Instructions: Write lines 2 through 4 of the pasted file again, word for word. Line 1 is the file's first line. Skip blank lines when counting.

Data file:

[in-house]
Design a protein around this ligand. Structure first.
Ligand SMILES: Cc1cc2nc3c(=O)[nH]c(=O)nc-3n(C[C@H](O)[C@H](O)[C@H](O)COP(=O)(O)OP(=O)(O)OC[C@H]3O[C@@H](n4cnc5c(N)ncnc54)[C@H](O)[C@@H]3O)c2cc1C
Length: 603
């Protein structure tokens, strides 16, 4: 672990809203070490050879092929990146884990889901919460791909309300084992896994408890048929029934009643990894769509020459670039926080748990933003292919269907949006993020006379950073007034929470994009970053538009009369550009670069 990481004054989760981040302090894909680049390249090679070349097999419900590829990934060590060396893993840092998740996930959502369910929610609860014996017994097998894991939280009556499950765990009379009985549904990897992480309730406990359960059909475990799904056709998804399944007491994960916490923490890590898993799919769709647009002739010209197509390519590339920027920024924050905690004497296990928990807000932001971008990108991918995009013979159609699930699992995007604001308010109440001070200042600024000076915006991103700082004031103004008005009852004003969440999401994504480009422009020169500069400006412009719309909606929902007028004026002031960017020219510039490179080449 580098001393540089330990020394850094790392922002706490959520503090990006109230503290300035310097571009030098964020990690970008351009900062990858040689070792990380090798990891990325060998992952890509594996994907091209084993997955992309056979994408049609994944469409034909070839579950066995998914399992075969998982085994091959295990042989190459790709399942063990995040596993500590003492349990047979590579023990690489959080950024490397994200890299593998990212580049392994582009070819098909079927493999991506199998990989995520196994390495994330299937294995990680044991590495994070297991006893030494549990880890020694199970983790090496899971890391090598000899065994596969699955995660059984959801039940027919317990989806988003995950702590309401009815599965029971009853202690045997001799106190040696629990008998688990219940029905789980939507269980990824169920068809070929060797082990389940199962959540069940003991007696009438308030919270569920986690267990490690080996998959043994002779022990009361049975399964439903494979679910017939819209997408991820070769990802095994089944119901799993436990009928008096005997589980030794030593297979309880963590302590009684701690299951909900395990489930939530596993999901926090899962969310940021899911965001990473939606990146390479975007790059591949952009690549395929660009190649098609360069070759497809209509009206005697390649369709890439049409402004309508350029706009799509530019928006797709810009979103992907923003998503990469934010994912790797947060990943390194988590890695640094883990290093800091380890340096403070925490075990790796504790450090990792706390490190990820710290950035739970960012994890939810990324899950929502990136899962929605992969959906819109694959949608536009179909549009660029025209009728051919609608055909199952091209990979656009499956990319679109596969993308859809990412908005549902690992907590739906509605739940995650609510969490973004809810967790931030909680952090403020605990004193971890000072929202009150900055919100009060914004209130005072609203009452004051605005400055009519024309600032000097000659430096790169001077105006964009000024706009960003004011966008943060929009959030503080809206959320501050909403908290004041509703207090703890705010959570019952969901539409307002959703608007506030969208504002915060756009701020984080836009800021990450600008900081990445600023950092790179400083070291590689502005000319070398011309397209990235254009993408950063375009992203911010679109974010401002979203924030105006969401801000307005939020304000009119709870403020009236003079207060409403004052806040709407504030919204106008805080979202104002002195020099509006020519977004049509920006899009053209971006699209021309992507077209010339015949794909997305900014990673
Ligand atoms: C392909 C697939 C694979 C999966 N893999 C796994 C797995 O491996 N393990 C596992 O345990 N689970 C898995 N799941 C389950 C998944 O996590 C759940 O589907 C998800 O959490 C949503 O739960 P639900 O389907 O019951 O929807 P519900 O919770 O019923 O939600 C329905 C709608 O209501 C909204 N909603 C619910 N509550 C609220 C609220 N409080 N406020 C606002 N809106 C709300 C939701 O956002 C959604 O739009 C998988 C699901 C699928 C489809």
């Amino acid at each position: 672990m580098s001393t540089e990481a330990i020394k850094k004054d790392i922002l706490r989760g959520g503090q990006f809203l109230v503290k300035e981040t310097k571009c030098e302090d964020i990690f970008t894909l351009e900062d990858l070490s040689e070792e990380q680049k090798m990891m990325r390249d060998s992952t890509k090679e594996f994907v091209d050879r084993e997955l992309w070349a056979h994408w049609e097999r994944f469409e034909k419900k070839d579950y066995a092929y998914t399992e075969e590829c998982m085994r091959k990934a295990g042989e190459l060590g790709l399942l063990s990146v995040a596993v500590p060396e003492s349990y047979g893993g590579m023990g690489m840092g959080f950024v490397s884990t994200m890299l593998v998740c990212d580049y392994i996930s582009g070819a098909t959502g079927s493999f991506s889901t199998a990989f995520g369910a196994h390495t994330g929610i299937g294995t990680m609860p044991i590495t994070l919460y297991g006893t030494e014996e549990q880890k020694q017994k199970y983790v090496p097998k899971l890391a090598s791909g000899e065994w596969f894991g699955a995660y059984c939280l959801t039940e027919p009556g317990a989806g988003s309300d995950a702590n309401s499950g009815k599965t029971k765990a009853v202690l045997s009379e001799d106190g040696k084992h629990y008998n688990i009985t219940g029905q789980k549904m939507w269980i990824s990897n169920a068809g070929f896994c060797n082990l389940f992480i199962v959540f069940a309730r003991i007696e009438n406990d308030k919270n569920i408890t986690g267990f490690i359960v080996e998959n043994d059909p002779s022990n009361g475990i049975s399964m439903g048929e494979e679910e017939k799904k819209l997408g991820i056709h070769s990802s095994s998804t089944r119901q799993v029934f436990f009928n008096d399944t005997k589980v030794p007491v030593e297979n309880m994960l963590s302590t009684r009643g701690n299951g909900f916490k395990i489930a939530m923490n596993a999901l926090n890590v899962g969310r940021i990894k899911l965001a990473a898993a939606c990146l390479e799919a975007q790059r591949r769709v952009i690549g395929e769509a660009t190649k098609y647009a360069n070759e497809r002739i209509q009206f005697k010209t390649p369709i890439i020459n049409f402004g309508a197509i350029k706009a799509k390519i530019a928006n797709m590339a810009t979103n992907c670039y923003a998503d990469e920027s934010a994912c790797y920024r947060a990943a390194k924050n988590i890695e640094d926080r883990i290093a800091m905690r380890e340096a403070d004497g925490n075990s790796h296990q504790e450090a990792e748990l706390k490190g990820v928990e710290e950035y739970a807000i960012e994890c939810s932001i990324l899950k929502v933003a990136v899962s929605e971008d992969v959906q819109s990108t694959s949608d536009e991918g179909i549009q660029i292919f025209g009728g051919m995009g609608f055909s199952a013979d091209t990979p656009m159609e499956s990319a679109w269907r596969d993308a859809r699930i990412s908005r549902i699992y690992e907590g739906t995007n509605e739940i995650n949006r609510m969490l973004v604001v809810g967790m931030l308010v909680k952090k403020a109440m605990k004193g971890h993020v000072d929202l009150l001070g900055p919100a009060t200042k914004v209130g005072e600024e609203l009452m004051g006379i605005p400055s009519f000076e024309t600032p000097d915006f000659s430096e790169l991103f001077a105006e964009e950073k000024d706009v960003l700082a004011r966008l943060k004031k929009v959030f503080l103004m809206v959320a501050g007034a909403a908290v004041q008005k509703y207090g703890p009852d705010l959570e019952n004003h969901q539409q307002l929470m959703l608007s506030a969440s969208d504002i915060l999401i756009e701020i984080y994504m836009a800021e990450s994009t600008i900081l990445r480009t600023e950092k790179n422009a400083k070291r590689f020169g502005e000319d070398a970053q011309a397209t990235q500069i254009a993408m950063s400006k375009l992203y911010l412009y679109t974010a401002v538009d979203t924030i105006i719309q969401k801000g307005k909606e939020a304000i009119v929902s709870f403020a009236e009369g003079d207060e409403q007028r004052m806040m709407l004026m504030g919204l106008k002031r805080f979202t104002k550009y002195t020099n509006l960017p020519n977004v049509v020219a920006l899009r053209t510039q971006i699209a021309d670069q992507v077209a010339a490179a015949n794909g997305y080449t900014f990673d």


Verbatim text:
Design a protein around this ligand. Structure first.
Ligand SMILES: Cc1cc2nc3c(=O)[nH]c(=O)nc-3n(C[C@H](O)[C@H](O)[C@H](O)COP(=O)(O)OP(=O)(O)OC[C@H]3O[C@@H](n4cnc5c(N)ncnc54)[C@H](O)[C@@H]3O)c2cc1C
Length: 603